Linocut, done directly with the sankakuto without any preliminary drawing. The brown one is Gmund Bierpapier (Boc) – recycled art paper made from beer. How awesome is that? I’ll tell you how awesome it is. It is AWESOME. The white one is, I’m fairly sure, Fabriano Academica.
This piece was inspired by one of my favourite things in the V&A – a ceramic plate made around 1955 by a Japanese artist, Kitaoji Rosanjin (1883-1959). Their official record has no image, so have this less-than-optimal one I took there yesterday.
I carved this block quite a while ago, but was disappointed with the effect just using printer’s ink. When I decided to try the gold I’d mixed up, though, it looked much better – the texture and gleam give the design much more depth. Of course, I’m also using heavily textured handmade paper here, so that makes a difference too. This is some rather nice khadi paper – it’s not even slightly lightfast, sadly, but I don’t think that makes a difference here.
I took an old printing block – my Celtic Cross block – and made up a large glob of gold acrylic, mixed with fabric medium, to use with it. The consistency is a lot thinner and sloppier than printer’s ink, so it’s harder to control, but that’s part of the fun of it. Apologies for phonecamera pics rather than scanning them – these will dry quicker than normal printed ones, but not this quickly! These are both on Fabriano papers – first Ecologica (Schizzi grade) and then Tiziano black. I also did two onto Gmund bierpapier, which came out wonderfully, but since they’re reflective gold/black on dark brown they’re impossible to photograph till I have proper daylight.
I don’t generally bother cleaning my blocks after use, and just leave the (water-based) ink to dry and form a surface layer for next time. The acrylic paint was actually softening and re-awakening that, and it all prints together, giving a really interesting textural effect. Obviously, it’s not actually printing a layer of black underneath a gold wash (the other way around, if anything), but that’s what it looks like. It’ll be interesting to see how the technique works out on a clean block that’s never been used with ink.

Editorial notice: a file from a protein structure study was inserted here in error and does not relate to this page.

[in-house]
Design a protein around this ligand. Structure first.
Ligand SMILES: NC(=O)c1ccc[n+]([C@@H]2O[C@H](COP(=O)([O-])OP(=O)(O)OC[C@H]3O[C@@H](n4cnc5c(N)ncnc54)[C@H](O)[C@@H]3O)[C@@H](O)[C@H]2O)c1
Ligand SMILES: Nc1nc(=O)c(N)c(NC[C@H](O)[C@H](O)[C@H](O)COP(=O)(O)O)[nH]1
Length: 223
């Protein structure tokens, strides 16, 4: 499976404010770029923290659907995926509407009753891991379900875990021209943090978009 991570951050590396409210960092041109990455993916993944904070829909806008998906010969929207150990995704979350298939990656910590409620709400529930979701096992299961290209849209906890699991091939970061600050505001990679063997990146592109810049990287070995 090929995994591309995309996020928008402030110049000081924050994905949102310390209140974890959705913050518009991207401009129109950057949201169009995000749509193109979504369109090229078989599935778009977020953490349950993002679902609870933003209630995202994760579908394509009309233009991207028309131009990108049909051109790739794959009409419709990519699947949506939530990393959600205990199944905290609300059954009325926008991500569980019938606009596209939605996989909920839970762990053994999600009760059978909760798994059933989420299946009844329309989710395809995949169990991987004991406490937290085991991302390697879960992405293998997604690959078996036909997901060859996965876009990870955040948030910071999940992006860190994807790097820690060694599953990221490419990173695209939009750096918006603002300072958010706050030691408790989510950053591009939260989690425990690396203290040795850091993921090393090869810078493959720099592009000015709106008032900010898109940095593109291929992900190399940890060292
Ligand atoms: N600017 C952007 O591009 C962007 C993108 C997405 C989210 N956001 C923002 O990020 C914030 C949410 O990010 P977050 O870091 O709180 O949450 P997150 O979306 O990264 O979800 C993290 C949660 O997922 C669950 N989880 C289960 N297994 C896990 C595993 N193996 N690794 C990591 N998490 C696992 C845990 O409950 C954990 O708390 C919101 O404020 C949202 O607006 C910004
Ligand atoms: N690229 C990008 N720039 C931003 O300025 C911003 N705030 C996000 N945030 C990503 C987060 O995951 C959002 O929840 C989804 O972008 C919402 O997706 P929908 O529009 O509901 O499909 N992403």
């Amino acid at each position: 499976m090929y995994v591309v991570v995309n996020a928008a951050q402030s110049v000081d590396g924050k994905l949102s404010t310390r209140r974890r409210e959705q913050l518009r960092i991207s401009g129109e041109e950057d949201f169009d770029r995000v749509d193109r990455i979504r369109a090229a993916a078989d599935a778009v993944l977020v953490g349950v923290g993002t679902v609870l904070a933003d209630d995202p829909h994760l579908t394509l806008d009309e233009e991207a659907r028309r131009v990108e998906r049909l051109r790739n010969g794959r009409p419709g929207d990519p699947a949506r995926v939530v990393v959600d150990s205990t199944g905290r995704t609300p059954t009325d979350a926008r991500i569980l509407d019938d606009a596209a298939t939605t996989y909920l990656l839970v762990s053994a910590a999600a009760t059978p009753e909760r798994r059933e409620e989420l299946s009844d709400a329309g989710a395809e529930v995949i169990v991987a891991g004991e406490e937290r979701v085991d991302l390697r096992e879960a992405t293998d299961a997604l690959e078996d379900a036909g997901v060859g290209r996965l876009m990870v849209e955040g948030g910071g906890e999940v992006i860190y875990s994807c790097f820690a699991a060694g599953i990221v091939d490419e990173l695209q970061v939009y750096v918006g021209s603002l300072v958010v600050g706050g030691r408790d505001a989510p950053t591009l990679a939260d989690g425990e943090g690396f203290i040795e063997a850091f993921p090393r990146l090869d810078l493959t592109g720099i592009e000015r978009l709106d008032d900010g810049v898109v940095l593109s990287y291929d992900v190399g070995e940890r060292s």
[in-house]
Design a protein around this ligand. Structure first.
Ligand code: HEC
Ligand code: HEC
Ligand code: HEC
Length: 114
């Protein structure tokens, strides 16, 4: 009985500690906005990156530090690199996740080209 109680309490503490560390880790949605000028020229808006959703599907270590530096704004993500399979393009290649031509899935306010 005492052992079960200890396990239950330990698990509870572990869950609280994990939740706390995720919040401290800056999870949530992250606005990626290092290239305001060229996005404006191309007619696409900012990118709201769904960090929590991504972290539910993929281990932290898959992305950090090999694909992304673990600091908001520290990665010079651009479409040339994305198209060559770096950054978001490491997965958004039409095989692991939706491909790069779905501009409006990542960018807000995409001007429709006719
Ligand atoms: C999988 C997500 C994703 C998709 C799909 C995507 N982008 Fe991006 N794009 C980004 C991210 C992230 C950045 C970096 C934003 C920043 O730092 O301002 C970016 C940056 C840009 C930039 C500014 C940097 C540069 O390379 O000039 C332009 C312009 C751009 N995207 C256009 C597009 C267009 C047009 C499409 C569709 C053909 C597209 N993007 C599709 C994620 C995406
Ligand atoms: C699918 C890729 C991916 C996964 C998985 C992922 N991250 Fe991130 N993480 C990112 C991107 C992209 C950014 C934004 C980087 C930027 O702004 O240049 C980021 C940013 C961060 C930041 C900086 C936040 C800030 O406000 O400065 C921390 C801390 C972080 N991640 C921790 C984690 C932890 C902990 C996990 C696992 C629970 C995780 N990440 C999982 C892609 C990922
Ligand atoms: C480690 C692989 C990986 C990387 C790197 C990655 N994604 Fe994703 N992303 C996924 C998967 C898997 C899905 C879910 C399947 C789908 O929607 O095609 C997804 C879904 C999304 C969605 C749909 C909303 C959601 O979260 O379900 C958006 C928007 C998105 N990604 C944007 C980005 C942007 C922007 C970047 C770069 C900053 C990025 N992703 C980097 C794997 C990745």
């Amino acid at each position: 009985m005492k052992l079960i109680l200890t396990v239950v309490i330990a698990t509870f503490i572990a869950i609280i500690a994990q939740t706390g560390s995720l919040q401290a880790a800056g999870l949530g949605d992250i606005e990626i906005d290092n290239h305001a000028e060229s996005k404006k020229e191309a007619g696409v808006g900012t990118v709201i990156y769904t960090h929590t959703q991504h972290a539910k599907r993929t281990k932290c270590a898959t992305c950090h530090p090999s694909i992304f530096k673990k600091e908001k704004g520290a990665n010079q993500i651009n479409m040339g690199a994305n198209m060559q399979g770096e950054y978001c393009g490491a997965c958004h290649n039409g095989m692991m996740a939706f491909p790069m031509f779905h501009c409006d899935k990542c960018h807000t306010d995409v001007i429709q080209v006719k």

The acrylic stays wet and usable on the block much longer than I’d worried it would – that might partly be down to the fabric medium, which I added because this was mostly a test for printing directly onto T-shirts and so on. On the other hand, it might also just be because acrylic is still completely capable of colour transfer when almost dry.
My first try at drypoint with watercolour pencils has given fairly encouraging results. Not very attractive, but then the idea was to answer the question, Can I print in watercolour without a press?, and it’s definitely that.
This is my first time working with a drypoint needle, so one of the things I learn from this is that I have to use it much more authoritatively. It’s a great deal like using a pencil, and lack of pressure is one of my besetting sins when doing that, too. On the other hand, these transparent plastic plates are wonderful, and I’m already planning several things involving tracing images through them. Well, mostly wonderful – it’s difficult to see where your lines are going without strong direct, and preferably low-angle, light on your workpiece, so that’s going to take some getting used to.